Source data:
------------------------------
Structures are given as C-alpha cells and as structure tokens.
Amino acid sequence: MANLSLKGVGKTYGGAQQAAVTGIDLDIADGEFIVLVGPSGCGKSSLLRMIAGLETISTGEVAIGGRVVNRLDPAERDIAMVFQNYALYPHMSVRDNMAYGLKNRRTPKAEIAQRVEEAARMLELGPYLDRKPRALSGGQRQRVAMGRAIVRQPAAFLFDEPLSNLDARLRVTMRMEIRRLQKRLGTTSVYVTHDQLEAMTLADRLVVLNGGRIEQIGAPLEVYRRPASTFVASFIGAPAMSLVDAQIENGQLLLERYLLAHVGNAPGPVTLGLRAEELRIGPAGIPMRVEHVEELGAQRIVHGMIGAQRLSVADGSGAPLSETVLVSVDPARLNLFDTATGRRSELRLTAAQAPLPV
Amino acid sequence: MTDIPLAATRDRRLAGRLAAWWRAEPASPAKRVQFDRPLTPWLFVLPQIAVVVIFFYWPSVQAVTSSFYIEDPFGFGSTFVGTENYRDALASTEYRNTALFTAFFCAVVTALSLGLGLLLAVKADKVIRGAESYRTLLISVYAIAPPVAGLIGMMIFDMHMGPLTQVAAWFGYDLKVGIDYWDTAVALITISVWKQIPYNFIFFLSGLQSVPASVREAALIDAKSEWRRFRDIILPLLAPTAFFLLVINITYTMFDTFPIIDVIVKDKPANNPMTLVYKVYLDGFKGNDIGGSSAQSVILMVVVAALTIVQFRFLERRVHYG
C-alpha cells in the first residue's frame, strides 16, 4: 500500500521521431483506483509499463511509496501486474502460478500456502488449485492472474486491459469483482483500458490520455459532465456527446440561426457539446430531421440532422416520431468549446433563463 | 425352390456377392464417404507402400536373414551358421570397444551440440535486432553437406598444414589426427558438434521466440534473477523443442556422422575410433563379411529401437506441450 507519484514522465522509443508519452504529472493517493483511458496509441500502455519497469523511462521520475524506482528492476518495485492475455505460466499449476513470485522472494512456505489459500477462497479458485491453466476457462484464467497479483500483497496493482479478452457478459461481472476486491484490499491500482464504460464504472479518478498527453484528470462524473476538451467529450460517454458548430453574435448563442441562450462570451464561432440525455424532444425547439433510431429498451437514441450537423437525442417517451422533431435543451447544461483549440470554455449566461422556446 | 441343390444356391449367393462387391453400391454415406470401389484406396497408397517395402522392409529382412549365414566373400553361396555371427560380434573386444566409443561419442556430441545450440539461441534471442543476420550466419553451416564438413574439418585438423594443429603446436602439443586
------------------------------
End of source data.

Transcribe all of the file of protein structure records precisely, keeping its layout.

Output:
Structures are given as C-alpha cells and as structure tokens.
Amino acid sequence: MANLSLKGVGKTYGGAQQAAVTGIDLDIADGEFIVLVGPSGCGKSSLLRMIAGLETISTGEVAIGGRVVNRLDPAERDIAMVFQNYALYPHMSVRDNMAYGLKNRRTPKAEIAQRVEEAARMLELGPYLDRKPRALSGGQRQRVAMGRAIVRQPAAFLFDEPLSNLDARLRVTMRMEIRRLQKRLGTTSVYVTHDQLEAMTLADRLVVLNGGRIEQIGAPLEVYRRPASTFVASFIGAPAMSLVDAQIENGQLLLERYLLAHVGNAPGPVTLGLRAEELRIGPAGIPMRVEHVEELGAQRIVHGMIGAQRLSVADGSGAPLSETVLVSVDPARLNLFDTATGRRSELRLTAAQAPLPV
Amino acid sequence: MTDIPLAATRDRRLAGRLAAWWRAEPASPAKRVQFDRPLTPWLFVLPQIAVVVIFFYWPSVQAVTSSFYIEDPFGFGSTFVGTENYRDALASTEYRNTALFTAFFCAVVTALSLGLGLLLAVKADKVIRGAESYRTLLISVYAIAPPVAGLIGMMIFDMHMGPLTQVAAWFGYDLKVGIDYWDTAVALITISVWKQIPYNFIFFLSGLQSVPASVREAALIDAKSEWRRFRDIILPLLAPTAFFLLVINITYTMFDTFPIIDVIVKDKPANNPMTLVYKVYLDGFKGNDIGGSSAQSVILMVVVAALTIVQFRFLERRVHYG
C-alpha cells in the first residue's frame, strides 16, 4: 500500500521521431483506483509499463511509496501486474502460478500456502488449485492472474486491459469483482483500458490520455459532465456527446440561426457539446430531421440532422416520431468549446433563463 | 425352390456377392464417404507402400536373414551358421570397444551440440535486432553437406598444414589426427558438434521466440534473477523443442556422422575410433563379411529401437506441450 507519484514522465522509443508519452504529472493517493483511458496509441500502455519497469523511462521520475524506482528492476518495485492475455505460466499449476513470485522472494512456505489459500477462497479458485491453466476457462484464467497479483500483497496493482479478452457478459461481472476486491484490499491500482464504460464504472479518478498527453484528470462524473476538451467529450460517454458548430453574435448563442441562450462570451464561432440525455424532444425547439433510431429498451437514441450537423437525442417517451422533431435543451447544461483549440470554455449566461422556446 | 441343390444356391449367393462387391453400391454415406470401389484406396497408397517395402522392409529382412549365414566373400553361396555371427560380434573386444566409443561419442556430441545450440539461441534471442543476420550466419553451416564438413574439418585438423594443429603446436602439443586